From late 1990 the missions are said to be multi dimensional, which means that they cover tasks and responsibilities beyond those associated with traditional peacekeeping such as protection of civilian. The UN has increasingly focused on the need to involve regional organizations.
As stated above, peace keeping operations is not mentioned in the UN charter. This, together with the veracity of missions and mandates from traditional peace keeping in the 1950`s to today’s complex multi dimensional operations makes peacekeeping ad-hoc, and it must be seen as a flexible technique where the purpose and mode of operating is depending on the conflict and the nature of the conflict. Today UN missions are in reality a mixture of many of the various types of peace support operations. But some principles distinguish them from each other. First of all, peace enforcement (PE) is the only type of PSO categorized under chapter VII in the UN charter and this give the mandate to “using military means to restore peace in an area of conflict”. This can be given in a conflict where it is necessary to create peace. An example is Desert Storm where the UN gave the mandate to a US led coalition.
Conflict prevention, peacemaking, peacekeeping and peace building is under chapter VI.
Conflict prevention is used to prevent conflicts to escalating and factors decisive for this operation is that the parties involved are interesting in trying to archive a peaceful settlement.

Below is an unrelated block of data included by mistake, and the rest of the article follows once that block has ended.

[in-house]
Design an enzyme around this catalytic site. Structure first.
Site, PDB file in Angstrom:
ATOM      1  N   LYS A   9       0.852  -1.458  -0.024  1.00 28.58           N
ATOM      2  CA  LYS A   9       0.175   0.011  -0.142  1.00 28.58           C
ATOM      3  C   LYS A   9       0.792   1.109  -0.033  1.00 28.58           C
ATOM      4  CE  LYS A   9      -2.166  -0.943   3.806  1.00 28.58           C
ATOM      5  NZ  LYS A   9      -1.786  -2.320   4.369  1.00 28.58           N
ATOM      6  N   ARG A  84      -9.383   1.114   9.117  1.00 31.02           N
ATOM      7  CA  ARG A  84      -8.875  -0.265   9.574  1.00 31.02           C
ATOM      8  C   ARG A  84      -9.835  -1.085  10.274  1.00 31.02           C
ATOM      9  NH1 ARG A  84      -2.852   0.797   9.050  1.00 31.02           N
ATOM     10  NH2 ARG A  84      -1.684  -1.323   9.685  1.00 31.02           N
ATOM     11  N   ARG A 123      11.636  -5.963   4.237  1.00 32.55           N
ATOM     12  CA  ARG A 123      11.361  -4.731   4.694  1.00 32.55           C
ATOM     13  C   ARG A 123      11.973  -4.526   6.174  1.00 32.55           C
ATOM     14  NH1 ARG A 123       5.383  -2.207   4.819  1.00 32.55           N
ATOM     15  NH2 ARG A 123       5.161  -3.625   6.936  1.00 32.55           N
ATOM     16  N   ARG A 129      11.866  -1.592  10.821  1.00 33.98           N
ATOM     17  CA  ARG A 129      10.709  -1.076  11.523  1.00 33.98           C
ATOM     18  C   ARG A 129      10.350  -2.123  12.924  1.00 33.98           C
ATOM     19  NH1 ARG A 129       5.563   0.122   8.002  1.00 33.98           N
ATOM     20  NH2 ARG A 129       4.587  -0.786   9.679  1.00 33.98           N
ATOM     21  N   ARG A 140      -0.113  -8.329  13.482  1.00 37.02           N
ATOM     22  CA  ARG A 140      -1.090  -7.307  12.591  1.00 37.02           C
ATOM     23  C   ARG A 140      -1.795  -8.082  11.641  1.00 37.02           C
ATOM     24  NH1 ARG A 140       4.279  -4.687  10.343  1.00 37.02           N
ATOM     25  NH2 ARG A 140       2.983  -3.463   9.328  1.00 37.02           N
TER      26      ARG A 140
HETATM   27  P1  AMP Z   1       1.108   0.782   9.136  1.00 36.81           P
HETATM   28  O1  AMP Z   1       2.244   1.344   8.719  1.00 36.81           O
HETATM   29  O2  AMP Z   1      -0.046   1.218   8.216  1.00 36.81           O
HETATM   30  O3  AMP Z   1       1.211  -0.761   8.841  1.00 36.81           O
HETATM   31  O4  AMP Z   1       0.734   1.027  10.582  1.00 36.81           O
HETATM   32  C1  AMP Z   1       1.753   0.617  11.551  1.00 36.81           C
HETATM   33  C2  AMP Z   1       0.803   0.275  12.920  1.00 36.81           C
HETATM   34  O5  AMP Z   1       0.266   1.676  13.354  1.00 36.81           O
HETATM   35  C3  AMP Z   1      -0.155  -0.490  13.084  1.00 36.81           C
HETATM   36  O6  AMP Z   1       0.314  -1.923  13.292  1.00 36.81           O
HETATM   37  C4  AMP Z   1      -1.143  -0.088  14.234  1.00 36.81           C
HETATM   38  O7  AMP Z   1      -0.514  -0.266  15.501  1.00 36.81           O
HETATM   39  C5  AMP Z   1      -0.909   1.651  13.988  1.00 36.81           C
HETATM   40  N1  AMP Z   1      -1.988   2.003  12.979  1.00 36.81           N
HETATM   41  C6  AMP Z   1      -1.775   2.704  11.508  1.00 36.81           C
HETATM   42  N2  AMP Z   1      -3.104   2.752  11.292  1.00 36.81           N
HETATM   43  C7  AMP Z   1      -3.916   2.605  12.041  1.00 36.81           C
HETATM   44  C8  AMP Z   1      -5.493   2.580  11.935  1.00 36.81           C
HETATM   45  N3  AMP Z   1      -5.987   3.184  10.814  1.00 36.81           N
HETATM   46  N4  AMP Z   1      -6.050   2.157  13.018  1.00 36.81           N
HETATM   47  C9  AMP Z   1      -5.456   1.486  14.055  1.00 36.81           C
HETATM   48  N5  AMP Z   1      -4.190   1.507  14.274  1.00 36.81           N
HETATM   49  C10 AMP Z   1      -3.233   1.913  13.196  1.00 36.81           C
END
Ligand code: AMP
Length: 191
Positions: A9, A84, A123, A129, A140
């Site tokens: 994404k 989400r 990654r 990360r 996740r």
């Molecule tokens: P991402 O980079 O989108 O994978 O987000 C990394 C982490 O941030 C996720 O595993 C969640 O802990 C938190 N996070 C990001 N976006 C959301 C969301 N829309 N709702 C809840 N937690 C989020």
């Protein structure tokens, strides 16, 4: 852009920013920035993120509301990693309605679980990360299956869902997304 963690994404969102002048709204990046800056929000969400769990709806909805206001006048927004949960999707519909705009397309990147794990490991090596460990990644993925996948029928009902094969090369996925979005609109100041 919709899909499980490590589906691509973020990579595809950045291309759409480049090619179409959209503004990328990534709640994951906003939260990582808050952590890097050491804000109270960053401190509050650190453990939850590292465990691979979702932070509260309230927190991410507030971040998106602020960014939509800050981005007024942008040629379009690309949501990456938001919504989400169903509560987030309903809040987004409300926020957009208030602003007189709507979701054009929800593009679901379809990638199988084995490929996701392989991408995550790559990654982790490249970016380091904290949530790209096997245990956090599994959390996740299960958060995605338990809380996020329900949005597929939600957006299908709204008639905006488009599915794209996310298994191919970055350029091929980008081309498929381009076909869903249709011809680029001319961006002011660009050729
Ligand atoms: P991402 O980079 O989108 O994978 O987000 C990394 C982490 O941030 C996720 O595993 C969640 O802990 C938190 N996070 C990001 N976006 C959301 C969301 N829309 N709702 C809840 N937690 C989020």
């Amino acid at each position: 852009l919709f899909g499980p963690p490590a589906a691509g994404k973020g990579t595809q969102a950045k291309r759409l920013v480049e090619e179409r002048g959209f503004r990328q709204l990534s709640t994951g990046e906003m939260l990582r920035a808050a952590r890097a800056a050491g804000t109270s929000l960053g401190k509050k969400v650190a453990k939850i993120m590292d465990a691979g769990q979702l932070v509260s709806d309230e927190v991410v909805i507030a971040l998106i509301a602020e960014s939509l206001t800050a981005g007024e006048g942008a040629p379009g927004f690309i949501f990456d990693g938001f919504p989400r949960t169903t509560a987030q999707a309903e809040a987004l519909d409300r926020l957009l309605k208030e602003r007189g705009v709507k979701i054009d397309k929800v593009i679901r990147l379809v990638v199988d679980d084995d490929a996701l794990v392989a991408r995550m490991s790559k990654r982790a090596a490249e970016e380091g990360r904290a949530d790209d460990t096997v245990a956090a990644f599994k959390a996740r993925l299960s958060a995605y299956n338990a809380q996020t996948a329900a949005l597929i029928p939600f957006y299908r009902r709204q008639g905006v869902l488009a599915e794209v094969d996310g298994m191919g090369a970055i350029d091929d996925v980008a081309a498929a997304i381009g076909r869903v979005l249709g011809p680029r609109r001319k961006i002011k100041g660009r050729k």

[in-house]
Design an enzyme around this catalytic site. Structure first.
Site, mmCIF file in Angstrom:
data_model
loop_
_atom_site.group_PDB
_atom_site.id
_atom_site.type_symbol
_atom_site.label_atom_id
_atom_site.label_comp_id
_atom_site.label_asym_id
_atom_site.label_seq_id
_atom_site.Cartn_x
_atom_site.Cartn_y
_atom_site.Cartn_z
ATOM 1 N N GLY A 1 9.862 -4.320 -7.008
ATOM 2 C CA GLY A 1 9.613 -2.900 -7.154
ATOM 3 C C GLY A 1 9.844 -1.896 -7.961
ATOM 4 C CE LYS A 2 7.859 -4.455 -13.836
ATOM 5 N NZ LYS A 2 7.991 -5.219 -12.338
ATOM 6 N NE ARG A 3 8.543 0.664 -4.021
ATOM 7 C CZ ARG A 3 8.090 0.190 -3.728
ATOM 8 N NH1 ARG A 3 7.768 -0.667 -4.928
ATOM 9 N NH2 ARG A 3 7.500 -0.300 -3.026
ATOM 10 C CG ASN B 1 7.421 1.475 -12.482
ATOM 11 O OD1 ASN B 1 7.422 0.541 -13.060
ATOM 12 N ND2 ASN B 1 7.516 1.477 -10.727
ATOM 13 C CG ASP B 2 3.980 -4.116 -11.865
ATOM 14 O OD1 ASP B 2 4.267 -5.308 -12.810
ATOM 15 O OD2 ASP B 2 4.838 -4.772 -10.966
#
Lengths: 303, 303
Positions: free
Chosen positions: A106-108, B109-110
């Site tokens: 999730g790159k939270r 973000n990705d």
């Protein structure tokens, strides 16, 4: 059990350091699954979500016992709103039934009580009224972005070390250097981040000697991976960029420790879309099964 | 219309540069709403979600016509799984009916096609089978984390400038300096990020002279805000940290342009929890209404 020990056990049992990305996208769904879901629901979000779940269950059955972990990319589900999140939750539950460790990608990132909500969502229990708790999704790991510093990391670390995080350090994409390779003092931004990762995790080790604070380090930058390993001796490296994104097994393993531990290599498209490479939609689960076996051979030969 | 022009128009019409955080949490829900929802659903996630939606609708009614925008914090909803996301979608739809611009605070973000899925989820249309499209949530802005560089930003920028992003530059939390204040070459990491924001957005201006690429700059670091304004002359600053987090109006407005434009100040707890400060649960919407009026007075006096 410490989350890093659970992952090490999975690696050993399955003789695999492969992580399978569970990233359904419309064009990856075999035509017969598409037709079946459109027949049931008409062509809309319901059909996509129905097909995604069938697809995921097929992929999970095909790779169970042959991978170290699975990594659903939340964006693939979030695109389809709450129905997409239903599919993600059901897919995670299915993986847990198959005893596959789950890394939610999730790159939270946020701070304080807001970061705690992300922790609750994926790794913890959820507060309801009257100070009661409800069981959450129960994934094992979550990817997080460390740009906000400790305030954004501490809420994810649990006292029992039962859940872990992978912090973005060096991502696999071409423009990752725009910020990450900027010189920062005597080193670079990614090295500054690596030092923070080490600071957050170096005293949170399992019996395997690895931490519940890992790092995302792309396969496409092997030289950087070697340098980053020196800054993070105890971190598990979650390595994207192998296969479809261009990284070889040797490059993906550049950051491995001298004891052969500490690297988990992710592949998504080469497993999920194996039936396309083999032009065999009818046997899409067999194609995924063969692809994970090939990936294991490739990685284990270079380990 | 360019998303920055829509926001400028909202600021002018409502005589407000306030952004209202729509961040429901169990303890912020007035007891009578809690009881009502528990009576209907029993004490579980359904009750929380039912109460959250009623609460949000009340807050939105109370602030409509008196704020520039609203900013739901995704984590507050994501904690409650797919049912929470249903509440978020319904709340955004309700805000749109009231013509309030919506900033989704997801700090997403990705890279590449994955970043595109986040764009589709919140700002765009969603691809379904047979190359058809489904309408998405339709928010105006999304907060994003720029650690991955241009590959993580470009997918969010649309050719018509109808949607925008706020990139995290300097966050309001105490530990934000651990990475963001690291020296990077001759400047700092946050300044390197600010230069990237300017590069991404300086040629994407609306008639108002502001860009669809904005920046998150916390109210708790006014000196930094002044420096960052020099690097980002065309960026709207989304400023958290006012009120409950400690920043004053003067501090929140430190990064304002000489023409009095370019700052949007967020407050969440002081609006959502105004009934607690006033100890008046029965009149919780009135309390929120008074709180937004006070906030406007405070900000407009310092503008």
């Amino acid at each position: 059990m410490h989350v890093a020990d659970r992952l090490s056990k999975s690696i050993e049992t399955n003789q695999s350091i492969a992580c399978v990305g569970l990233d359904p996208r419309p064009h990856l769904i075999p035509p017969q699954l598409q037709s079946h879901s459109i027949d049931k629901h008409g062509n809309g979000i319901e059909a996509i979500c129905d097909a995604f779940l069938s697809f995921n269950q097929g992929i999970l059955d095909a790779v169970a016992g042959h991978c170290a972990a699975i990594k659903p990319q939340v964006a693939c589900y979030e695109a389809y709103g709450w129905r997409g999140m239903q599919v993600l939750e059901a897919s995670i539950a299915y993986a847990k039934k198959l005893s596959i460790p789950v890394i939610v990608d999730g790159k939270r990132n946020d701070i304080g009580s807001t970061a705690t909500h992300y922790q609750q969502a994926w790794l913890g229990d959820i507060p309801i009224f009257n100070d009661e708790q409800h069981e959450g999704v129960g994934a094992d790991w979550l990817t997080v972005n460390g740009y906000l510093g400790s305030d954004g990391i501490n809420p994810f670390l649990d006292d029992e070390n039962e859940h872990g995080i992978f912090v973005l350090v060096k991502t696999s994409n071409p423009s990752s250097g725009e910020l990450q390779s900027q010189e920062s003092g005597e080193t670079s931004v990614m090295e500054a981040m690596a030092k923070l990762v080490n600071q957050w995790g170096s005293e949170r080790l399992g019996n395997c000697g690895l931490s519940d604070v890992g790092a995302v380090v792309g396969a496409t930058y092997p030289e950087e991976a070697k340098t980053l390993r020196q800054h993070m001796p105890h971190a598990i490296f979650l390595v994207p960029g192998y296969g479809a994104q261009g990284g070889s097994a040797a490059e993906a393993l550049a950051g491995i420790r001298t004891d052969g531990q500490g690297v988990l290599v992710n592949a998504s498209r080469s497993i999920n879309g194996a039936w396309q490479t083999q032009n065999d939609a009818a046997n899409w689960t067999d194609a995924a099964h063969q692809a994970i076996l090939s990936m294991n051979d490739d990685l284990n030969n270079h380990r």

Peacekeeping is the technique used if there is a peace to preserve and the involving parties give their consent to having a observation force to monitor the cease-fire.
Peacemaking can be used where the state has colapsed and there are several fractions trying to achive power. This peace makers tasks would then be to identify the players and try to make a peaceful solution. This could be achived by diplomatic solutions only or togheter with military assets to assist in law and order and to put pressure to the involving parties.
If peacemaking has succeeded peace building could be used as a tool to rebuild or build the state.
This essay had the aim to describe the various types of peace support operations and try to give a brief information of the factors decisive for the choice of mode of operation.
The conclusion is that today’s UN missions are in reality a mixture of many various types of peace support operations and which tool to use or mode of operation is depending on the nature of the conflict that the international organisations are trying to support.